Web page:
# Spanning Tree in Data Structures

Mentor: Shailendra Chauhan
Duration : 00:05:00

## What is a Spanning Tree in Data Structures?

It is a subgraph of an undirected connected graph, which has a minimal set of edges connecting all of the graph's vertices. It can or cannot be weighted. As a result, a spanning tree lacks cycles, while a graph may contain numerous spanning trees. It can't be disconnected.

## Characteristics of Spanning Trees

• Connectivity: A spanning tree connects all vertices, allowing a path between any two.
• Acyclicity: A spanning tree has no cycles, resulting in no closed loops.
• Minimal connected subgraph: The smallest subgraph with all vertices; deleting an edge disconnects it.
• Edges and Vertices: Every conceivable spanning tree contains the same number of edges and vertices as the original graph.
• Weight of a spanning tree: If weighted, the weight is the total of edge weights; several spanning trees can have different weights.

## Spanning Trees Mathematical Properties

• Edge-Vertex Relationship: The number of edges in a spanning tree is equal to vertices minus one (n-1).
• Construction from Complete Graph: A full graph's spanning tree eliminates no more than e - n + 1 edges.
• Total Spanning Trees: A complete graph with n vertices contains n^(n-2) trees.

## Applications of Spanning Trees

• Network Design: Spanning trees make network topologies more efficient and fault-tolerant.
• Broadcast Storm Prevention: Spanning tree algorithms stop broadcast storms by blocking redundant pathways.
• Routing: Minimum spanning trees optimize routes between nodes.
• Network Monitoring: Spanning trees help with performance monitoring and bottleneck detection.
• Redundancy and High Availability: Spanning trees provide fault tolerance and minimize downtime through redundant linkages.
• Sensor Networks: Spanning trees are powerful data collectors in wireless sensor networks.
• Clustering & Hierarchical Structures: Minimum spanning trees examine data structures to identify hierarchical links and clustering patterns.

## What is the Minimum Spanning Tree?

A minimum spanning tree (MST) is a subset of edges in a linked, weighted graph that connects all vertices with the lowest total edge weight. In other words, it is a tree that spans all of the graph's vertices while collecting the fewest edge weights.

## Characteristics of Minimum Spanning Trees

• Connectivity: MST provides a path between any two nodes, connecting all vertices.
• Acyclicity: MST is acyclic, which means it remains a tree without loops.
• Edge-Vertex Relationship: An MST with n vertices has precisely n minus 1 edges.
• Optimality: MST reduces total edge weight, although it may not be unique.
• Cut Property: The MST includes the minimum-weight edge that crosses any cut in the original graph.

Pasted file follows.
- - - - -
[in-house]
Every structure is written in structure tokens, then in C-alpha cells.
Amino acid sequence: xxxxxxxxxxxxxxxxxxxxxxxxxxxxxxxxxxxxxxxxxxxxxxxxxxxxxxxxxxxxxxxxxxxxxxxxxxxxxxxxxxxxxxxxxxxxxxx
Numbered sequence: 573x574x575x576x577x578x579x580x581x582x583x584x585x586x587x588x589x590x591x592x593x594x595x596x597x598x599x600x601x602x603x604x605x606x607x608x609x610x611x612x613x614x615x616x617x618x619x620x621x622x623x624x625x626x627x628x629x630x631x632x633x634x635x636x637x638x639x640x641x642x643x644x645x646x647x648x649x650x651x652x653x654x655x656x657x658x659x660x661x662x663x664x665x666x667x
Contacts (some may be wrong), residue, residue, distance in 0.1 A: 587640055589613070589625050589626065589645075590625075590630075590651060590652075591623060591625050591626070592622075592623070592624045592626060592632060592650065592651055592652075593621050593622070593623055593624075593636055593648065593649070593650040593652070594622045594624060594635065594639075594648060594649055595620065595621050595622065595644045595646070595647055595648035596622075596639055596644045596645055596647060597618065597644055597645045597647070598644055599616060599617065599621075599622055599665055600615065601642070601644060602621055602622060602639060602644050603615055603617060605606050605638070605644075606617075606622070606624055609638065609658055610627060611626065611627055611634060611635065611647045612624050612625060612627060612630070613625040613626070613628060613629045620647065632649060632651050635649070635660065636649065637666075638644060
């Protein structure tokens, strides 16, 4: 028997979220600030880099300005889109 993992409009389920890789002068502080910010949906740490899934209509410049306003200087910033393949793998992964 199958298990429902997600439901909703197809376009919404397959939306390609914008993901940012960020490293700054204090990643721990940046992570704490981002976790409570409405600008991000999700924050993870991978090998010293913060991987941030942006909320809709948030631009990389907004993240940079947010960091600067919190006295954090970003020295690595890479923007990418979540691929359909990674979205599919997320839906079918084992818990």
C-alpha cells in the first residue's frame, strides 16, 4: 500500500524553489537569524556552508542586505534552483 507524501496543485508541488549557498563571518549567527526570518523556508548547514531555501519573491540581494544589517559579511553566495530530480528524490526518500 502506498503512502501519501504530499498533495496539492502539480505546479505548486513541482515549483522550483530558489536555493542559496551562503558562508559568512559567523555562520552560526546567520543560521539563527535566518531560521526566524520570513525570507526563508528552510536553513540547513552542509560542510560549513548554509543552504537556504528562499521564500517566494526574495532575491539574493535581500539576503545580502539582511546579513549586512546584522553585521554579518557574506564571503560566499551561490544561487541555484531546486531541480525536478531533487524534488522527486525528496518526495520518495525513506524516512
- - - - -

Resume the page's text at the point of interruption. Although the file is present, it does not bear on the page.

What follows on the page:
## Applications of Minimum Spanning Trees

• Telecommunications and water supply network design.
• Local Area Network (LAN) design.
• Solving the Travelling Salesman Problem.
• Real-time facial tracking and verification.
• Describe financial markets.
• Handwriting recognition for mathematical expressions.
• Curvilinear feature extraction for computer vision.
• Road network construction at a low cost.
• Organizing and grouping comparable objects.

## Algorithms for Minimum Spanning Tree

The following algorithms are used to find a graph's minimum spanning tree:

• Kruskal's Algorithm
• Prim's Algorithm

## What is Kruskal's Algorithm?

Kruskal's algorithm creates the spanning tree by adding edges one by one. It belongs to a class of algorithms known as greedy algorithms, which seek the local optimum in the hopes of discovering a global optimum.

### How does Kruskal's Algorithm Work?

• Sort edges in increasing weight order.
• Choose the smallest edge weight.
• Check if it creates a cycle with the existing spanning tree.
• Include if there is no cycle created; otherwise, trash.
• Repeat until the spanning tree has n-1 edges (n is the total number of vertices).

### Kruskal's Algorithm Pseudocode

• Loop formation in minimum spanning tree algorithms is based on edge additions.
• The Union-Find technique is often used to assess loop existence by clustering vertices.
• It allows you to see if two vertices are in the same cluster, which indicates potential cycles.

### Applications of Kruskal's Algorithm

• To set up electrical wiring.
• In a computer network (LAN link).

## What is Prim's Algorithm?

Prim's algorithm is a greedy algorithm that finds the shortest spanning tree for a weighted undirected graph. This means that it finds a subset of the edges that form a tree with every vertex and the lowest overall weight of all the edges in the tree.

### How the Prim's Algorithm Works?

• Begin by selecting a vertex at random for the minimum spanning tree.
• Identify the edges connecting the tree to new vertices and add the shortest one.
• Repeat step 2 until you have the minimum spanning tree.

### Prim's Algorithm Pseudocode

• Create sets U (visited vertices) and V-U (unvisited vertices).
• One at a time, move vertices from V-U to U, connecting the edge with the lowest weight.

### Applications of Prim's Algorithm

• Laying cables for electrical wiring.
• In network design.
• To develop protocols in network cycles.

## Complexity Analysis of Kruskal's and Prim's Algorithms

### Adjacency Matrix Representation of Graph

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